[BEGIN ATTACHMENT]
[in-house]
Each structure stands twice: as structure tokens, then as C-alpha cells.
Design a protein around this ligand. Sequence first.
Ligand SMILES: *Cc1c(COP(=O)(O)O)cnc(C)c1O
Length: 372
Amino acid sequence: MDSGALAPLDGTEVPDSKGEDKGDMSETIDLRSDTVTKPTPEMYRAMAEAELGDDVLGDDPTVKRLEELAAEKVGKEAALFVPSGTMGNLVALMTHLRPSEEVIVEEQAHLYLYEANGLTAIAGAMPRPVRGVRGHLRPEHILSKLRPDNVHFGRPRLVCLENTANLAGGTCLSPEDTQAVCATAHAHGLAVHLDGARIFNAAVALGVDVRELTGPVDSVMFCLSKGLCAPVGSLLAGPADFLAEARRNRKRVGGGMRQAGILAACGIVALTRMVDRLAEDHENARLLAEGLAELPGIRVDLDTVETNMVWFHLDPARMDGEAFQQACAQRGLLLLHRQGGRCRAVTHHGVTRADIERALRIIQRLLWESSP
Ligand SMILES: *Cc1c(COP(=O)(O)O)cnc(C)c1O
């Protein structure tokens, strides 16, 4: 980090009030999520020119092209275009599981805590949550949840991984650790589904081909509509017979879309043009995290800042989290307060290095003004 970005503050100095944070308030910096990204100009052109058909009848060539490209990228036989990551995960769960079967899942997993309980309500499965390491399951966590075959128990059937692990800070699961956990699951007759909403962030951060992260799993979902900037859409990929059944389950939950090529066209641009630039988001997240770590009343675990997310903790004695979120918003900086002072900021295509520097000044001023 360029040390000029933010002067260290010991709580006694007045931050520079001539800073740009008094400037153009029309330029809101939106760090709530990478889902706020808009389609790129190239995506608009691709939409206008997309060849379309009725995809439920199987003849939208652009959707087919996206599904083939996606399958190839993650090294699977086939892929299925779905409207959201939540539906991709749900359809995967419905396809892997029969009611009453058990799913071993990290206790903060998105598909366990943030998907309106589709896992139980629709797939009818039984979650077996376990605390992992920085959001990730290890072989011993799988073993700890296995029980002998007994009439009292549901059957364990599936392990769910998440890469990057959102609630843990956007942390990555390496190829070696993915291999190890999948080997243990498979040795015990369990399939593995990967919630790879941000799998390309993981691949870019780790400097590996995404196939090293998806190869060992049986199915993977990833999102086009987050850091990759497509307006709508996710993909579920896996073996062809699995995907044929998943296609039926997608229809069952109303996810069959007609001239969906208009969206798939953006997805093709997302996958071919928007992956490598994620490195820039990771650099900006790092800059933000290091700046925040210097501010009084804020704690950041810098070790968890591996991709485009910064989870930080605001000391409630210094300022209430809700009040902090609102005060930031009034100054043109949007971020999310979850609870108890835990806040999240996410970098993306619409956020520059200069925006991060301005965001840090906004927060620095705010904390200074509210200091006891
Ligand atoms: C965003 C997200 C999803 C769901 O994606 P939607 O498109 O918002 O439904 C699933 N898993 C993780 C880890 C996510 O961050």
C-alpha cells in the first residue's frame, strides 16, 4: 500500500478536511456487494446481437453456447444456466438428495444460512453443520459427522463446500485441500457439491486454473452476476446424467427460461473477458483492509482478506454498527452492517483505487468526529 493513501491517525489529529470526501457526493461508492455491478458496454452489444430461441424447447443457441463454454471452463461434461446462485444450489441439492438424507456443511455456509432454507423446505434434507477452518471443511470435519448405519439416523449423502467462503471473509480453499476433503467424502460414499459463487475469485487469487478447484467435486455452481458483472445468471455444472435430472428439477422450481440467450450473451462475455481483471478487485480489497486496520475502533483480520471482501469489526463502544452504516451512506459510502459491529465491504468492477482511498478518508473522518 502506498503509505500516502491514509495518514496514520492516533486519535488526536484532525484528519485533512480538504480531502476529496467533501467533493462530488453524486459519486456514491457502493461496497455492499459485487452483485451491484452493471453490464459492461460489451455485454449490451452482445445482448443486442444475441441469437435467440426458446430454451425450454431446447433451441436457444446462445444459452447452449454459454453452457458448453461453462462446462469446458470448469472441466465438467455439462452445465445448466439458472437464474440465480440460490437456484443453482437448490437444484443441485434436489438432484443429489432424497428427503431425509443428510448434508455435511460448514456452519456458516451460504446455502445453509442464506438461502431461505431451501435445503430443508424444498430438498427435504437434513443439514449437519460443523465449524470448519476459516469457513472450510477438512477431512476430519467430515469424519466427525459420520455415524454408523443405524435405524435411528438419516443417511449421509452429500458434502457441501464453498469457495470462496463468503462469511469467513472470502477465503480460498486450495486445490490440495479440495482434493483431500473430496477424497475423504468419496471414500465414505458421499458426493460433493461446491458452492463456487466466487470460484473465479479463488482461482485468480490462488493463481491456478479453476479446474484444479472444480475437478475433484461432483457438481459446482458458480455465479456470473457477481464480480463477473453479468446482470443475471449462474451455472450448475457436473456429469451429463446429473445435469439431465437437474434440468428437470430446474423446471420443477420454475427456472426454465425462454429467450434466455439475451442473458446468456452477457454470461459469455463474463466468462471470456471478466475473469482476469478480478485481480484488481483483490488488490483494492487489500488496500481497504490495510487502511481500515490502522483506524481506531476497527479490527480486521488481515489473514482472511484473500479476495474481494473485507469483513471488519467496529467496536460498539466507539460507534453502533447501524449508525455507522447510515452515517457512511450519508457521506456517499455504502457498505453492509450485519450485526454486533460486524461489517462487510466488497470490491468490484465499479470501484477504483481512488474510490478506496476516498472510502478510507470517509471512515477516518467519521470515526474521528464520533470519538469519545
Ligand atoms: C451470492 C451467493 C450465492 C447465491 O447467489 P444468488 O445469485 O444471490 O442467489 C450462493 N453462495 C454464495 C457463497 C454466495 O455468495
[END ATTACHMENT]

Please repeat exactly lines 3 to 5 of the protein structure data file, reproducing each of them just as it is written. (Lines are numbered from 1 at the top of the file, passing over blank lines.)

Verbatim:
Design a protein around this ligand. Sequence first.
Ligand SMILES: *Cc1c(COP(=O)(O)O)cnc(C)c1O
Length: 372